“The Clerical Conspiracy”, “Wildfire”, “Do Dark Horses Dream of Nightmares?”….. all solid gold (but then you know that already)!

Exceptional doesn’t quite do this album justice.

Sabbat – History Of A Time To Come (1988)

Sabbat – History Of A Time To Come (CD) - Discogs

Yep. Sabbat again.

There are too few superlatives to convey the true majesty of Britain’s finest ever thrash album. Sabbat were one of the most unique bands in thrash history, regardless of origin, and although short-lived, their overall contribution to the scene remains unparalleled.

Propelled by the ingenious riffs of producer extraordinaire Andy Sneap (Arch Enemy, Nevermore, Testament) and Martin Walkyier’s uniquely unfettered and untameable vocals, Sabbat‘s philosophically pagan take on religion was groundbreakingly raw and real; an honest summation of the world and it’s failings.

The opening tracks, “A Cautionary Tale”, “Hosanna In Excelsis” & Behind The Crooked Cross” are exemplary, an unholy triumvarite of trailblazing thrash that perfectly encapsulated Sabbat‘s religion-baiting sound. However, it was the intelligence on display that truly ranked them as one of the genre’s greats. Here was poetry set to furious thrash, the likes of which has never been seen again.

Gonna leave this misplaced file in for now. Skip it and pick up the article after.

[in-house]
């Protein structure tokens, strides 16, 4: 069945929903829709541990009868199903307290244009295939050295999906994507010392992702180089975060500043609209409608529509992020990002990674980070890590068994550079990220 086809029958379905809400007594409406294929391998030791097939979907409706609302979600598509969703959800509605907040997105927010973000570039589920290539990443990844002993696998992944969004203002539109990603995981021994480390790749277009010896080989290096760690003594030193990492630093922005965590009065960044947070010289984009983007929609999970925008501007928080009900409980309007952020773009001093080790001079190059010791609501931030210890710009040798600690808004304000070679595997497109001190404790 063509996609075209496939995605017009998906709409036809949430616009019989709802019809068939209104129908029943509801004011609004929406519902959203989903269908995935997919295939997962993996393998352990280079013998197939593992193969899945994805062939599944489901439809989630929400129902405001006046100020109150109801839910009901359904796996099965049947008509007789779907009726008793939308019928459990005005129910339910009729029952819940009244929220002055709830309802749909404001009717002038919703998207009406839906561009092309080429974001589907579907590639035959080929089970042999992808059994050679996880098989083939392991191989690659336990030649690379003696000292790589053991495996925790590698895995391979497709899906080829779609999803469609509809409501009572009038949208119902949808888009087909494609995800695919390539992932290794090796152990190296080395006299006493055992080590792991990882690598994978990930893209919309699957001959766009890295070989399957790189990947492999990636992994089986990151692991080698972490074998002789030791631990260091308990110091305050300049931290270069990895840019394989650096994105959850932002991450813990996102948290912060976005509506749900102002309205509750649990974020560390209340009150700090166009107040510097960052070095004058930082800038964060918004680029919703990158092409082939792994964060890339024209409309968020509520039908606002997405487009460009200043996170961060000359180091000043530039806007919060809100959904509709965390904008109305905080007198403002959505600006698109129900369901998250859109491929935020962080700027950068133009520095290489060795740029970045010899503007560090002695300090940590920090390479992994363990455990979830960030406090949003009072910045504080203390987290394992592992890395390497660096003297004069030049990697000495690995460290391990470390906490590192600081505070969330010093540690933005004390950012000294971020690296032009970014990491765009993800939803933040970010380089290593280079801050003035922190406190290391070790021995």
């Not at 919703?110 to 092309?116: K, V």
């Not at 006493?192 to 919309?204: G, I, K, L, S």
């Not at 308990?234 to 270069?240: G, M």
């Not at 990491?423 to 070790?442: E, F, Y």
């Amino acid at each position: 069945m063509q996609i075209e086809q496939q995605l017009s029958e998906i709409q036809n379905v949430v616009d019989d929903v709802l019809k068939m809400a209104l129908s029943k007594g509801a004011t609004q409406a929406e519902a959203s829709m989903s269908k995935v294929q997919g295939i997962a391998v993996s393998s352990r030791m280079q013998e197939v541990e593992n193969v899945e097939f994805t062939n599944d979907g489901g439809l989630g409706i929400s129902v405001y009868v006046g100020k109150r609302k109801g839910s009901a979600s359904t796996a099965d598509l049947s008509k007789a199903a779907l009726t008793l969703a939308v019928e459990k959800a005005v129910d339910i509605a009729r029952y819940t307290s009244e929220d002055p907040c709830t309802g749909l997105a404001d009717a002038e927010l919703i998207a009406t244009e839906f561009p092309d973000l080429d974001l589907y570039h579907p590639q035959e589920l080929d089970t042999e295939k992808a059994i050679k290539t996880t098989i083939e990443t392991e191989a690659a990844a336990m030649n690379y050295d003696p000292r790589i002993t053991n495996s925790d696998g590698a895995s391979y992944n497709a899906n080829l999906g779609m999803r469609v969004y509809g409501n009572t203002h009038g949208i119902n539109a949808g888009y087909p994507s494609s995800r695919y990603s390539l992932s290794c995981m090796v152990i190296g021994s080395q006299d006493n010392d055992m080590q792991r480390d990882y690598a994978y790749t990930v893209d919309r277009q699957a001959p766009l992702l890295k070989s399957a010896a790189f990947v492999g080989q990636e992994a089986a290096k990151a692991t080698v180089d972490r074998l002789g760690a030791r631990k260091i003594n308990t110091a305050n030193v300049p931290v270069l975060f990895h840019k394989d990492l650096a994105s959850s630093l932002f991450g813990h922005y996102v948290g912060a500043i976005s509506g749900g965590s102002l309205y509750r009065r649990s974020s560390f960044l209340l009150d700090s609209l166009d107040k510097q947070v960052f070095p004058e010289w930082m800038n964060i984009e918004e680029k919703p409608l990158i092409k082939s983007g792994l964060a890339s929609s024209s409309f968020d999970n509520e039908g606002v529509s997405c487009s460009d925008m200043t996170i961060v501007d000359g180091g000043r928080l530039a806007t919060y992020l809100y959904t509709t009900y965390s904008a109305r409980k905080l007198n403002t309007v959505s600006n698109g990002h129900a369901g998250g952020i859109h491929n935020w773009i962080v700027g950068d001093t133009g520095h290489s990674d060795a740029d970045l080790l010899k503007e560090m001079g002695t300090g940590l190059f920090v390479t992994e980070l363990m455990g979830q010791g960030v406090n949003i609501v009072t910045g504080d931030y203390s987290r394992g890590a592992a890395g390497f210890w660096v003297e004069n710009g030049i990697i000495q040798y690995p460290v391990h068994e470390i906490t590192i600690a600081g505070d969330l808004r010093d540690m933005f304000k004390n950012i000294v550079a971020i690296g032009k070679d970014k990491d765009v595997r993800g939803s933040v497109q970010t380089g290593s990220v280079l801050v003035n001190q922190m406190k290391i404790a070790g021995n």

History Of A Time To Come is mandatory listening for every thrasher on the planet and has barely aged; its place in the thrash history books permanently set in stone!

Xentrix – Shattered Existence (1989)

Xentrix – Shattered Existence (CD) - Discogs

Xentrix arrived with an almighty bang when Shattered Existence exploded onto the UK thrash scene back in 1989. Here was a band that could go toe-to-toe with the 2nd wave thrash bands from the United States and they were our’s (if you’re British, of course) to savour!

Home to some serious big-thrash-hitters – “No Compromise”, “Crimes”, “Balance of Power” and “Dark Enemy” – Shattered Existence was a winner from the get-go. With Chris Astley’s dry, Chuck Billy-esque bellow, a strong ear for melody and some killer riffs in their arsenal, Xentrix were capable of thrashing as fast as any of their peers while incorporating groove, technicality and a sense of urbanised menace.

For a short while there, Xentrix appeared to be the one British band who would infiltrate the big leagues.

Should. Have. Been. Huge.  

Also in this series:

80s Canadian Thrash: The 5 Greatest Albums

80s German Thrash: The 5 Greatest Albums

80s Brazilian Thrash: The 5 Greatest Albums

80s Japanese Thrash: The 5 Greatest Albums

About Chris Jennings (1986 Articles)
I love metal. Always have. Always will. As editor of Worship Metal - a site dedicated to being as positive about metal and its myriad of sub-genres as possible - my aim is to 'worship' metal through honest reviews, current news and a wide variety of features; offering the same exposure to underground bands as we do to mainstream/well known acts. Our mantra; the bands are partners and we exist to serve the bands \m/